Card of the Week
This week we review a few Quidditch cards that we've seen popping up in our local Wizarding Wars events. Do they make the grade?
classic card of the week
Card: Flying Laps
Cost: 10 Quidditch
Set: Chamber of Secrets
Artist: George Davis
Effect: Count the number of Lessons you have in play. Do that much damage to your opponent. Then draw that many cards.
Flavor Text: "He soared right around the stadium at full speed, racing Fred and George."
Flying Laps is a fun reach card for Quidditch Decks that can do a lot of damage, but Quidditch has plenty of those and this might be the worst among them because it's hard to get tons of Lessons into play. You need to fill your deck with Lessons (which isn't the best) and spend tons of actions to get them out. Blagging, Mid-Air Collision, and Out of Control are all stronger high-cost options. Spiral Dive is probably stronger at 5-cost even though it requires a big combo set up to be effective. With so many efficient ways for Quidditch to deal damage, play it if you enjoy it but otherwise skip out on Flying Laps!
John: Flying Laps is a misleading name for this card, because your opponent is the one who is liable to be flying laps around you if you are trying to play it. Getting up to 10 Lessons should be rewarded with a card or combo that is surely going to win you the game, and Flying Laps is not that card. Compared to cards like Venomous Tentacula Juice and Dobby's Help from the same set it may seem like another 10-cost high-damage option, but the decks those cards go in are much better at ramping up to high Lesson counts. I can see having one or two in a mono-Quidditch list that is abusing things that accelerate lessons into play, but I'd rather focus on solid mid-range options that Quidditch provides and lean more into the action advantage side of the element.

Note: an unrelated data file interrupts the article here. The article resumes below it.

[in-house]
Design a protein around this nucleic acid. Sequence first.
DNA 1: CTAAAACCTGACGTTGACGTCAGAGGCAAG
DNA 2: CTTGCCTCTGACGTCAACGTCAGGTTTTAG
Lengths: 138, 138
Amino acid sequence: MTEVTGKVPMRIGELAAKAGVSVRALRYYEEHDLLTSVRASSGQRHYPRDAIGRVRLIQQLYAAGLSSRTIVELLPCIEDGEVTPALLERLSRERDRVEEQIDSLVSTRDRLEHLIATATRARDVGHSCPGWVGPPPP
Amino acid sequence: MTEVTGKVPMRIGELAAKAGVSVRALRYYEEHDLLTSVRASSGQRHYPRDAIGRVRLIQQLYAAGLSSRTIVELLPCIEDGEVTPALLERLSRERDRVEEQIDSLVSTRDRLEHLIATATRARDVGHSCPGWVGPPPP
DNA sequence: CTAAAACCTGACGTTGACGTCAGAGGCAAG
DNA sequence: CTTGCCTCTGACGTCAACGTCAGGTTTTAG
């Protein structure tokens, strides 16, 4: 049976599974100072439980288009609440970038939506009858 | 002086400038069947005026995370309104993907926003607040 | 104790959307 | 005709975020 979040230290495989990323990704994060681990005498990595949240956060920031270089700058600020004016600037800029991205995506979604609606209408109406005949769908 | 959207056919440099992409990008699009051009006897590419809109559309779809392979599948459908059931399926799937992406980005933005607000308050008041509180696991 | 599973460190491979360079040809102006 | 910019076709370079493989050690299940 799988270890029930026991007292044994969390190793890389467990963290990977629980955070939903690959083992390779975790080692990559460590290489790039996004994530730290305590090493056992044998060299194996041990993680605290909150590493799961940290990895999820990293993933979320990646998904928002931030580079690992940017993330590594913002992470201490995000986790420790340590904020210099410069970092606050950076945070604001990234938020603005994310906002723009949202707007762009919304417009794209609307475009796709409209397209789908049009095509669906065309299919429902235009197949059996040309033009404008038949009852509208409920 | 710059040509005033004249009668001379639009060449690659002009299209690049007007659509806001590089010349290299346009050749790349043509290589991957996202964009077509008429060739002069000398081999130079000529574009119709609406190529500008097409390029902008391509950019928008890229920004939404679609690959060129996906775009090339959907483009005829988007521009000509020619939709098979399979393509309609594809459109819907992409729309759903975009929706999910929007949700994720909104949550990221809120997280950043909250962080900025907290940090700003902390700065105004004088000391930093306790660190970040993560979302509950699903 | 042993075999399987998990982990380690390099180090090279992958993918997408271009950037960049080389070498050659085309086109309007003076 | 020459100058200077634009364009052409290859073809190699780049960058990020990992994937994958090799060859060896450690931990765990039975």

Draco was pretty talented, as far as Seekers go.
Revival Card of the Week
Card: New Slytherin Seeker
Cost: 6 Quidditch
Set: Heir of Slytherin
Artist: Michael Silverleaf
Effect: Do 5 damage to an opponent. If there is a Match in play, you may have that opponent choose 1 of their Creatures in play and discard it.
Flavor Text: "'All right there, Scarhead?' yelled Malfoy, shooting underneath him as though to show off the speed of his broom."
Jimmy: New Slytherin Seeker is a great card for Quidditch because the combo-cost of having a Match in play is negligible. If you're playing Angelina Johnson you're dedicating 8+ spots of your deck to having a Match in play anyway, and being able to remove creatures is a huge bonus without having to dip into another Lesson type. While you don't get to choose which Creature is eliminated, if you're able to play multiples of this you'll get to wear down your opponent's resources - dealing them 5 damage each time. The timing even works in your favor since you'll be able to use this Spell before your opponent's Creature has dealt damage!
John: This card is an excellent example of the solid, mid-range options that Quidditch has available to it. While you won't be able to utilize New Slytherin Seeker in Classic, it shows a dedication from the Revival team to take what is arguably the weakest of the Lesson types and give it some stronger cards. This card functions as a more targeted form of the typical Quidditch "your opponent chooses a card in play and discards it" which is excellent, because when Creature pressure is knocking on the door your opponent is happy to sacrifice a Lesson or two to your Cobbing or similar effect. All in all a solid addition to Quidditch lists, and 5 damage at 6 cost with a supplementary effect makes this a wonderfully efficient burn spell as well.